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Content courtesy of an unpublished manuscript by Dr Hannah Berliner Fischthal, St John’s University, New York. The full article with references is due to be published in the United States Holocaust Memorial Museum’s Encyclopedia of Camps and Ghettos, 1933–1945.

Markstädt (aka Laskowitz)

One of the largest Schmelt forced labor camps for Jews, Markstädt, located 22 kilometers (13.7 miles) southeast of Wrocław (Breslau), was established for Alfried Krupp’s artillery factory the “Bertha-Werk.”  

In effect from 1940 to 1944, Organization Schmelt was named after its director, SS-Oberfuehrer Albrecht Schmelt. Organization Schmelt began establishing forced labor camps for Jews in 1940. The camps were built next to factories where war materials were manufactured, so that Jewish labor could be exploited.


In this book, Theodroe H. Lehman narrates his life as a laborer in Krupp Industries’ Berthawerk artillery factory, as he learned to survive constant SS brutality and death threats.

Surrounded with barbed wire, 16-18 buildings were organized into blocks with a giant “Appellplatz” (roll-call square).[3] Each of the long wooden barracks contained five rooms supervised by “Stubenälteste” [room Kapos]. Accommodating 26-40 men, every room had bunk beds and one folded blanket per straw mattress. Belgian and Dutch Jews slept in two separate barracks surrounded by barbed wire. The toilet block contained a long plank of wood with about 30 holes in it above a deep trench. Several cold-water faucets lined the wall; there was no soap, towels, or toilet paper.[4]

In effect from 1940 to 1944, Organization Schmelt was named after its director, SS-Oberfuehrer Albrecht Schmelt. Organization Schmelt began establishing forced labor camps for Jews in 1940. The camps were built next to factories where war materials were manufactured, so that Jewish labor could be exploited.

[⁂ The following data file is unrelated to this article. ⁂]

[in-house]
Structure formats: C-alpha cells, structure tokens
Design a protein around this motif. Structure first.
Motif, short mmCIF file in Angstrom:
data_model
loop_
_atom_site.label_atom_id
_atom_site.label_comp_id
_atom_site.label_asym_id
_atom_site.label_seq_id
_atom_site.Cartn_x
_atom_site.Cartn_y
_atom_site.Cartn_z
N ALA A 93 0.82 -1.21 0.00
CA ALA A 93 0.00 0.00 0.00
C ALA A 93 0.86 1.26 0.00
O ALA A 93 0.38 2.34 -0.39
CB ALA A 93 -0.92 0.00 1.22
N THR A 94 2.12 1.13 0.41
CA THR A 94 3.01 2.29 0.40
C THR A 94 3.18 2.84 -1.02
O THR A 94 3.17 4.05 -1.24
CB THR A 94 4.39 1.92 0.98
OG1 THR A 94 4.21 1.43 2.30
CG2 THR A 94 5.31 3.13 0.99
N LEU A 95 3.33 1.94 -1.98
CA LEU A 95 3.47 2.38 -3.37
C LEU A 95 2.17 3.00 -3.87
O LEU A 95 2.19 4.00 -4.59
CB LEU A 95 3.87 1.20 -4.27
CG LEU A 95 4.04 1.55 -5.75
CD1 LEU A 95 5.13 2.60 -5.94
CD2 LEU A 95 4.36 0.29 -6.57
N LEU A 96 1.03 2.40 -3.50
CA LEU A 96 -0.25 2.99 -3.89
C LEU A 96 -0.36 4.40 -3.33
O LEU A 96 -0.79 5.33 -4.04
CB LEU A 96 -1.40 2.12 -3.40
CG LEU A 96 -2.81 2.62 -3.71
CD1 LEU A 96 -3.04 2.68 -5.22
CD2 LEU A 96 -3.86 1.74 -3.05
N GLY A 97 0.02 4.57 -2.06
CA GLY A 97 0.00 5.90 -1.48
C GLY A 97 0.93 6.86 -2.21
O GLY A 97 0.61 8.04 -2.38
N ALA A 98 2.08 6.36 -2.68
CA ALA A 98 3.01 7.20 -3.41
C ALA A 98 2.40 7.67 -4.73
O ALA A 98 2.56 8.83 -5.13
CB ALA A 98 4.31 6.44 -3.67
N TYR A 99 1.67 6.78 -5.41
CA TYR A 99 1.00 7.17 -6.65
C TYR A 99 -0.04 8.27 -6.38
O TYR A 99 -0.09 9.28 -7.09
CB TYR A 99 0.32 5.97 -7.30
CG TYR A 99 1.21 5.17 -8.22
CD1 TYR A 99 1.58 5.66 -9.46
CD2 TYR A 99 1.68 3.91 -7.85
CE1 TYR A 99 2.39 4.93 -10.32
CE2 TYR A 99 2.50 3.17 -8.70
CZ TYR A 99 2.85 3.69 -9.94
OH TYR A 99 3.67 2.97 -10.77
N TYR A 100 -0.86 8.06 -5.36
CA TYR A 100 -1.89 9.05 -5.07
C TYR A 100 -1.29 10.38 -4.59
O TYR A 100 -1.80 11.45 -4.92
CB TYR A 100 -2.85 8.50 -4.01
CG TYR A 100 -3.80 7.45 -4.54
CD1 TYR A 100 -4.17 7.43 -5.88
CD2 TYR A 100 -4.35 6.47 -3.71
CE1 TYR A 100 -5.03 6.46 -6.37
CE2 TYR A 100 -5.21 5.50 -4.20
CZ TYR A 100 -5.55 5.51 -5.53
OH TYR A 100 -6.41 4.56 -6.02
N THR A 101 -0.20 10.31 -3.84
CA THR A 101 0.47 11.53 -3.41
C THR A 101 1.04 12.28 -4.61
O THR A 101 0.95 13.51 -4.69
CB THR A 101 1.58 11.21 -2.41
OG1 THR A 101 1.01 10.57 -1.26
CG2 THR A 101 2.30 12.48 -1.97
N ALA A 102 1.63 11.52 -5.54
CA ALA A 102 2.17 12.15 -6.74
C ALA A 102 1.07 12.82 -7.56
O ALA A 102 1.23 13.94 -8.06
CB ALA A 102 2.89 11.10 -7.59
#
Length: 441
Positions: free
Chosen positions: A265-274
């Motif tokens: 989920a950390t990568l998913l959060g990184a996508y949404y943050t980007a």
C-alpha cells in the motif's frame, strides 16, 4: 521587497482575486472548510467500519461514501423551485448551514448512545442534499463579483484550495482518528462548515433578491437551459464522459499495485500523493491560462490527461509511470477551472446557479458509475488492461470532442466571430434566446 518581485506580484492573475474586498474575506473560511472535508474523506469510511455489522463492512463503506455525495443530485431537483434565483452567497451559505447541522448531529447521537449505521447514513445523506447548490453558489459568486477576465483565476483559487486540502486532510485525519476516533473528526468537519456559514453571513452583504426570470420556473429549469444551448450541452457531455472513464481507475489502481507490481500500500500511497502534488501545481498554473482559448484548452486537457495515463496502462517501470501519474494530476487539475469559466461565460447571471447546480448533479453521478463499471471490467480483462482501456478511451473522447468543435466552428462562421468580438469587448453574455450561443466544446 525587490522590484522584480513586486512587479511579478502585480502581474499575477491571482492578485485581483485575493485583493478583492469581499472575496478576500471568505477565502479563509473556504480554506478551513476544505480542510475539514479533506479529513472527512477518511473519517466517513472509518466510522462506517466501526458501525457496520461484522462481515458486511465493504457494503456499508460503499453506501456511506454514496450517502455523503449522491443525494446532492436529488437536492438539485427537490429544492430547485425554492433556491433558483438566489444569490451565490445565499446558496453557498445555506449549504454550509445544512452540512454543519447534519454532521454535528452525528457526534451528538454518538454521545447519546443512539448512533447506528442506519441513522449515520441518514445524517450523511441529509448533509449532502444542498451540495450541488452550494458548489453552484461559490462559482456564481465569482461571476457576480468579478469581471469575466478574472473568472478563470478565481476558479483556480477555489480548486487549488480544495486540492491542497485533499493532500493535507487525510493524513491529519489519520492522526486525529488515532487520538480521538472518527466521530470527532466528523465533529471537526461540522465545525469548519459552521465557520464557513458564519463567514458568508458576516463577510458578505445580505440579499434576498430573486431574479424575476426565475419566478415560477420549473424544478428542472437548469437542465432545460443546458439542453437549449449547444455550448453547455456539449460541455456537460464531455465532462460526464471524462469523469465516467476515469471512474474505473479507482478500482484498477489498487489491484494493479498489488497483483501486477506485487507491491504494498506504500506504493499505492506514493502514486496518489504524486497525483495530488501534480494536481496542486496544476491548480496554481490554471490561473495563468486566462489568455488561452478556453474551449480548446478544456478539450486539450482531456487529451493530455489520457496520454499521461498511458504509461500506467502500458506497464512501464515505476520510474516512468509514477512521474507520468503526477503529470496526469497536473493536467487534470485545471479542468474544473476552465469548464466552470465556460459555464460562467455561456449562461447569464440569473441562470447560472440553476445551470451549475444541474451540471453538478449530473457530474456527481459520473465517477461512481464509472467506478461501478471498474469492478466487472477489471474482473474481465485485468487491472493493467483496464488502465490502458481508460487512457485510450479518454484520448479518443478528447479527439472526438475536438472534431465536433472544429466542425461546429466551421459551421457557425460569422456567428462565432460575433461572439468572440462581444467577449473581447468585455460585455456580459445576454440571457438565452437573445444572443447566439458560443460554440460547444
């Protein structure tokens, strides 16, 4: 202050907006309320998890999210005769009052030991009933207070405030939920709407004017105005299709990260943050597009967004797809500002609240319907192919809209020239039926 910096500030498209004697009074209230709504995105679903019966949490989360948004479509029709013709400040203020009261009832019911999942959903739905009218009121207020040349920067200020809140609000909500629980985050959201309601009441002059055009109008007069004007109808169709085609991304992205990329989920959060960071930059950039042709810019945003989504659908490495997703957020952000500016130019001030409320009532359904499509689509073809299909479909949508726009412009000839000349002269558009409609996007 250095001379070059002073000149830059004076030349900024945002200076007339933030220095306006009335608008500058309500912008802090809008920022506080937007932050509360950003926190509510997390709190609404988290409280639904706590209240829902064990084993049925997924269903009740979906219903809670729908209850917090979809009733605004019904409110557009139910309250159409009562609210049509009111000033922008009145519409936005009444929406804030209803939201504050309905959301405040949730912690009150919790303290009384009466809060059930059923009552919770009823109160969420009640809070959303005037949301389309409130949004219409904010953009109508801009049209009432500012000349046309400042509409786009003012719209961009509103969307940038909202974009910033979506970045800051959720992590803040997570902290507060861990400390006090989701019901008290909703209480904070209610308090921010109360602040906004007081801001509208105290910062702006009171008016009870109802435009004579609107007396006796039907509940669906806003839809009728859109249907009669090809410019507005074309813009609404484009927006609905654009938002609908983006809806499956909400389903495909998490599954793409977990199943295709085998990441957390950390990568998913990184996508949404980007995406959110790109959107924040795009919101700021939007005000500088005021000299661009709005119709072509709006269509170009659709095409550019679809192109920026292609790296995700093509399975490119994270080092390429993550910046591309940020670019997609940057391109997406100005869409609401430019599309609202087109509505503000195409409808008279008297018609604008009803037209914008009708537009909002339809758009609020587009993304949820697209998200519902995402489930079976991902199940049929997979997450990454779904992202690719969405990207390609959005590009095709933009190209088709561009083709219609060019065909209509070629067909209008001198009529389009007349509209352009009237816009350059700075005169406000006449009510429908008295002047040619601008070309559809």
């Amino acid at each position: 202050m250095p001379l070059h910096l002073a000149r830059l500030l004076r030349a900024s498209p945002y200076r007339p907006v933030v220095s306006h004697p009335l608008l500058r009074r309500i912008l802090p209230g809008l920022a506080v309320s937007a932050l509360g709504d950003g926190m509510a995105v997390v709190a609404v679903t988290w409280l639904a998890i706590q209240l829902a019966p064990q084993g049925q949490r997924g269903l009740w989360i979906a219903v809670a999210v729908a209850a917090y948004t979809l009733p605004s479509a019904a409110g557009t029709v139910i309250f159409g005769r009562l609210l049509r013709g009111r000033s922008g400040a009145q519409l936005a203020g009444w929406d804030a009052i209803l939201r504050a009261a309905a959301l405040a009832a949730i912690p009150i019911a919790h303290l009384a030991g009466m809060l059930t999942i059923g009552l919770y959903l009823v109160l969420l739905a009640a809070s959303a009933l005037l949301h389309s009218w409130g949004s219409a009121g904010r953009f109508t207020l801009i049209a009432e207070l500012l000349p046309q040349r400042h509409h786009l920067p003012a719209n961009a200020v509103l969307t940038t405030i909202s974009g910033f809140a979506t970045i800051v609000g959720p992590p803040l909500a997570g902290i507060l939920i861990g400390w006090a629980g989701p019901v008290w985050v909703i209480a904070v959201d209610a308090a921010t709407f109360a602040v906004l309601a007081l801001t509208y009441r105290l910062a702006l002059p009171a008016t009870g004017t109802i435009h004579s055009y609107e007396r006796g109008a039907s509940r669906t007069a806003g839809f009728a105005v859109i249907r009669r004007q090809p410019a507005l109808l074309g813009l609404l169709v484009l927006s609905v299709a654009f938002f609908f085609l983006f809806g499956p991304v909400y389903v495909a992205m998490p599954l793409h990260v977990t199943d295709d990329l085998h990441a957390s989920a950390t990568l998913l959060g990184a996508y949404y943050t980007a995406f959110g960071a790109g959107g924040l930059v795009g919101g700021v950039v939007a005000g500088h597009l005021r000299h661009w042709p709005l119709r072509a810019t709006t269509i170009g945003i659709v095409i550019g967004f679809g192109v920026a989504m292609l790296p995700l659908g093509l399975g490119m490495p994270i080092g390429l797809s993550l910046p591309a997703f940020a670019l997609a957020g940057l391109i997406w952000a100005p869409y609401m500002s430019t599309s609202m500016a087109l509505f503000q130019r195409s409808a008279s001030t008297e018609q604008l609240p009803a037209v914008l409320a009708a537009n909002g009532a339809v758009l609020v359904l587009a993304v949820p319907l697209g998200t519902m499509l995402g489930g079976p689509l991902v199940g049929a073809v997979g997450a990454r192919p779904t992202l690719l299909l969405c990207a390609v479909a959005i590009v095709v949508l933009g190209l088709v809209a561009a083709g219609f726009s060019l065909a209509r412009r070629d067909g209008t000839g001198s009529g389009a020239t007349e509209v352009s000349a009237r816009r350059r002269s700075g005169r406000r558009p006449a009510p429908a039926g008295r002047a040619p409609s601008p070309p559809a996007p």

Albrecht Schmelt

Märkstadt held 3,000-4,000 Jewish men. 120 women peeled and cut potatoes, and cleaned.[5] Helen Bronner, 14, repaired clothes, mostly by hand. Each room in the women’s quarters contained 20-30 straw mattresses on tiered bunk beds. Kapos beat the females with rubber truncheons. Women who were pregnant, mentally ill, or physically sick were deported to Auschwitz.[6]

Barracks for civilian Poles, Czechs, French, and Germans were outside the gate, as were the officers’ quarters. Wehrmacht soldiers, SA, and later some SS, all following orders, guarded the camp.[7]


The only known picture of prisoners at Markstädt camp. Their cheery disposition belies the severity of their treatment in the camp. Researchers at the Gross Rosen Museum believe these may be new arrivals seen prior to their privations. Very few women worked at the camp. [United States Holocaust Memorial Musesum]

Most sources believe the camp operated from March/April 1942 until March 25, 1944, although 100 Jewish men and 29 Jewish women were sent from Sosnowiec to Markstädt on February 25, 1942.[8] Transports continued until the winter of 1943-1944. Most Jewish males were brought to Markstädt from other nearby camps and from towns in Eastern Upper Silesia. When the Johannsdorf and Sakrau camps closed in 1942-1943, the prisoners were delivered to Markstädt. Additional Jews from France, Holland, Germany, Czechoslavakia, and Belgium, (including those born in Russia and Ukraine, all deported from Malines to Auschwitz but selected for forced labor at Cosel) also populated the large camp.[9]